A problem with sales tax is that it end up with the poor paying a much higher percentage than the rich. Since the poor usually spend the vast majority of their money buying things they will have to pay a large part of their annual wage on sales tax, which leads to them not being able to accumulate as much wealth as to move up classes. While the rich who do not spend the same amount of their annual budget on buying things end up paying a much lower percentage, and they are able to save up more money which allows them to accumulate great amounts of wealth. That is why i think a pure sales tax is not just. But I do believe that the current income tax system is broken and do like your idea of a starting price of income tax.

DBB said...

Yeah, if you have only a sales tax, it is regressive, and that is a problem.

cxx_guy said...

I would argue that a sales tax (especially one like the fair tax, which taxes both goods and services), is less regressive than an income tax. Many wealthy people do not have jobs. They live from capital gains and investments, which are taxes at a much lower rate than wages. The advantage of a sales tax is that it taxes consumption, rather than production. For society to punish those who produce those things it needs is absurd.

Also, a sales tax (if it is applied only to new goods, like the fair tax) is green. If there is a 28% sales tax (and no income, social security, death, or other taxation), then people have a 28% incentive to resell items which they no longer use, rather than throwing them away. This is generally a good thing.

Thirdly, somebody who makes money and never spends it is nearly always employing that money in a way which helps others. If they keep it in the bank, it is loaned to businesses and creates jobs. If they keep it in the stock market, it still finances the creation of jobs. The fair tax would not tax investments, but only consumption.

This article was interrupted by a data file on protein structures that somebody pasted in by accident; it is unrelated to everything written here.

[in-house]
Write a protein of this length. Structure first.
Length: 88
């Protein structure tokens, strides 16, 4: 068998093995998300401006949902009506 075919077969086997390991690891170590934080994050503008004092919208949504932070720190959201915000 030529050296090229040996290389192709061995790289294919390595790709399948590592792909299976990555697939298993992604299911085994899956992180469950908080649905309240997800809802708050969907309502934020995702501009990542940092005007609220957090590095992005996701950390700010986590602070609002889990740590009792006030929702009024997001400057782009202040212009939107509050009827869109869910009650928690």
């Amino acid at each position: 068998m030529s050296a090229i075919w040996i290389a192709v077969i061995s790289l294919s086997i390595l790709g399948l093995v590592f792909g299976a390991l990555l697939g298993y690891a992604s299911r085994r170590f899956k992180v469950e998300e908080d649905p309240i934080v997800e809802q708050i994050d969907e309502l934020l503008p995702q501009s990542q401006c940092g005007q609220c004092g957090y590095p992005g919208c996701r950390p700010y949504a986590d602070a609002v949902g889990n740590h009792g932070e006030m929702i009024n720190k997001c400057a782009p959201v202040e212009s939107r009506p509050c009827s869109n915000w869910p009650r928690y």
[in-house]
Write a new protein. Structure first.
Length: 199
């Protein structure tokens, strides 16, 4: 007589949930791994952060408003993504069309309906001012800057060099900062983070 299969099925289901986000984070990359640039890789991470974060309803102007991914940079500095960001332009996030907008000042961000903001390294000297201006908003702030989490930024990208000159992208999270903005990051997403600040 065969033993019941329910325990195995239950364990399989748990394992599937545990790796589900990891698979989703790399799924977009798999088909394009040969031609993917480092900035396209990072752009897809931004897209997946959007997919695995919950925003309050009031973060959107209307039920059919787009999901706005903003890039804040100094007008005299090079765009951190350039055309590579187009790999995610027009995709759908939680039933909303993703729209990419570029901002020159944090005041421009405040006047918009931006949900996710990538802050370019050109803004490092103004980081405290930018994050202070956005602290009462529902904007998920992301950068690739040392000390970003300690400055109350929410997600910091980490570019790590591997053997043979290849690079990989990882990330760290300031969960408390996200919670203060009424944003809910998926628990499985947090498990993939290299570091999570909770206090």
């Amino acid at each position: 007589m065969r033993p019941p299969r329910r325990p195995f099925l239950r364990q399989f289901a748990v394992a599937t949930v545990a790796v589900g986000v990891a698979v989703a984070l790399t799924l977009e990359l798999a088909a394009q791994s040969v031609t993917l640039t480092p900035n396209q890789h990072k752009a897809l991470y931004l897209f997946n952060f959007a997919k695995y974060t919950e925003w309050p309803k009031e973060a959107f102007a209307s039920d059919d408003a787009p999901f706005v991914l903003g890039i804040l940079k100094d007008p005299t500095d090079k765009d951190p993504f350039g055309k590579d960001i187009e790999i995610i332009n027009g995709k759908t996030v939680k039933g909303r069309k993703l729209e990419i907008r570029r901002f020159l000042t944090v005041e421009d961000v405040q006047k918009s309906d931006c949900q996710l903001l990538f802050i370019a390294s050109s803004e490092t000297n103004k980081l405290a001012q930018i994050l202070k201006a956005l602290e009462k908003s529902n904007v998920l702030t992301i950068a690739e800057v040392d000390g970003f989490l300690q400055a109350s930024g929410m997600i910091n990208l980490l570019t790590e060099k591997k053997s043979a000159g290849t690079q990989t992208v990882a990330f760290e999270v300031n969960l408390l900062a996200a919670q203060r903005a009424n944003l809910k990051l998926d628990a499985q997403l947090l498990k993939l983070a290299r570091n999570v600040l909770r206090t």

DBB said...

One could always make the argument that money not taxed is money that helps the economy in some way or another. But we do need to tax some money, and I think it just makes more sense to tax capital rather than labor - because then it encourages people to do labor (i.e. work and earn a paycheck) rather than sit back and just collect dividends, which is not actually a productive activity. And since those who earn money mostly on dividends tend to be the very well off, they can afford to pay taxes - in fact, the taxes they pay won't impact their consumption nearly as much as those who work, who tend to consume income as fast as they can earn it.

In the end, taxing only investments but not labor would mean that those who earn money on labor would have more money free to invest, and they won't mind losing some of their returns to taxes because it is unearned income anyway. I know that I always feel the tax bite out of my paycheck for working as much more painful than the taxes paid on my (modest) investment income - because I see the investment income as just icing on the cake, money I earn without doing anything at all.

I know the arguments - that taxing investment income reduces returns so people won't invest as much - but then, really, just where the hell else can they put their money but in investments? Put it in a bank account collecting 1% interest? I don't think so. And all those untaxed dollars going to those who actually work for a living will mean more spending by those who work for a living, which will increase the value of investments, perhaps offsetting the taxes.